07/10/2014 01:54 pm ET Updated Sep 09, 2014

Stop Blaming the Intern for Social Media Gaffes

It happened again. While everyone was out enjoying their Fourth of July holiday, an intern for American Apparel used a photo of the Challenger space shuttle explosion on its Tumblr page, "mistaking the image for a fireworks display." In posts across social media, American Apparel pointed to the intern's age (born after the Challenger tragedy) and apologized for its insensitivity.

Ya think?

The Texas Governor's race has been nasty from the beginning, but one of the uglier moments came in late May when an intern for Republican Greg Abbott's campaign published a tweet that seemed to liken Democratic nominee Wendy Davis to Adolf Hitler. It was convenient to blame the intern and disassociate the campaign from the comments. But pointing a finger at the intern for a nasty post during a campaign where respect and decorum had long gone out the window was laughable.

In the age of new media, messages pushed on Facebook, Twitter, Instagram, Tumblr, etc. have become more than commonplace -- they are a necessity for competitive communications offices. These are channels from which many of us get our news and break our news. Posts are no longer harmless -- they impact negotiations, affect the markets and cost people their jobs.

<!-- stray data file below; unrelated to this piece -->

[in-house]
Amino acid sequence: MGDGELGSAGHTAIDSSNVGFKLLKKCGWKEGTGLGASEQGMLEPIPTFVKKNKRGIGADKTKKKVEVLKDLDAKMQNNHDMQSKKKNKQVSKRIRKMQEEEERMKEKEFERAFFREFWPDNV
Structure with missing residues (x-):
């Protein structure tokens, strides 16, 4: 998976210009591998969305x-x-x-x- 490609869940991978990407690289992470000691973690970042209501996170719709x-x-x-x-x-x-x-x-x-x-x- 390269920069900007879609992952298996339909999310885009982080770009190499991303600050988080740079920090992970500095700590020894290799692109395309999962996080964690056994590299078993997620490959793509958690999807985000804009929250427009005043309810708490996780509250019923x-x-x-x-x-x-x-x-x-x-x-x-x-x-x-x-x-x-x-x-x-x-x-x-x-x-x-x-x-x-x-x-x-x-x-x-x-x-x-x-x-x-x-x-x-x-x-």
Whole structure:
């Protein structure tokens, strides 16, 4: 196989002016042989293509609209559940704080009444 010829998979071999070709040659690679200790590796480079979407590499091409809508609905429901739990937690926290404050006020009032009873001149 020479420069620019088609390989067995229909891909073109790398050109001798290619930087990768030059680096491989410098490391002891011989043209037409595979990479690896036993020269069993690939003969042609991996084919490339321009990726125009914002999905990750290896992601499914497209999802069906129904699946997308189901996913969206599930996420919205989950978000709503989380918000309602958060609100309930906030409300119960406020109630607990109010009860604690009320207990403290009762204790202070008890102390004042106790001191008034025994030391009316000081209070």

A webpage can be edited and statements can be revised. But social media posts seemingly live forever. A number of organizations pride themselves on catching posts before they are removed, and the damage done in a 140 character message can take significantly longer to fix than it did to draft.

At the same time, busy press offices do not have time to vet every single post. Particularly with breaking news and in times of crisis (organizational, personal or situational), posts must be updated in real-time to stay relevant.

But social posts gone wrong create self-inflicted wounds.

In deciding whether or not to dip an organization's figurative toes in the water of social media, staff should set reasonable expectations about the organizational risks involved and, most importantly, establish protocols for who, when and how social media posts are published. This should include who drafts and approves posts, and setting clear rules on deletions (many organizations refuse to delete posts and will only issue corrections or updates).

A two-person editing system is a good idea if you have sufficient personnel. It means that a second set of eyes is looking for errors, making necessary edits, looking for sarcasm that goes over the top and for any images that may be offensive.

Organizations and principals who hide behind interns or staff for social media gaffes are shirking their own responsibility for maintaining and cultivating their brand. While many officials have staff post from their account, they cannot distance themselves from the words posted in their name. Staff opinions become a principal's opinion, whether they like it or not.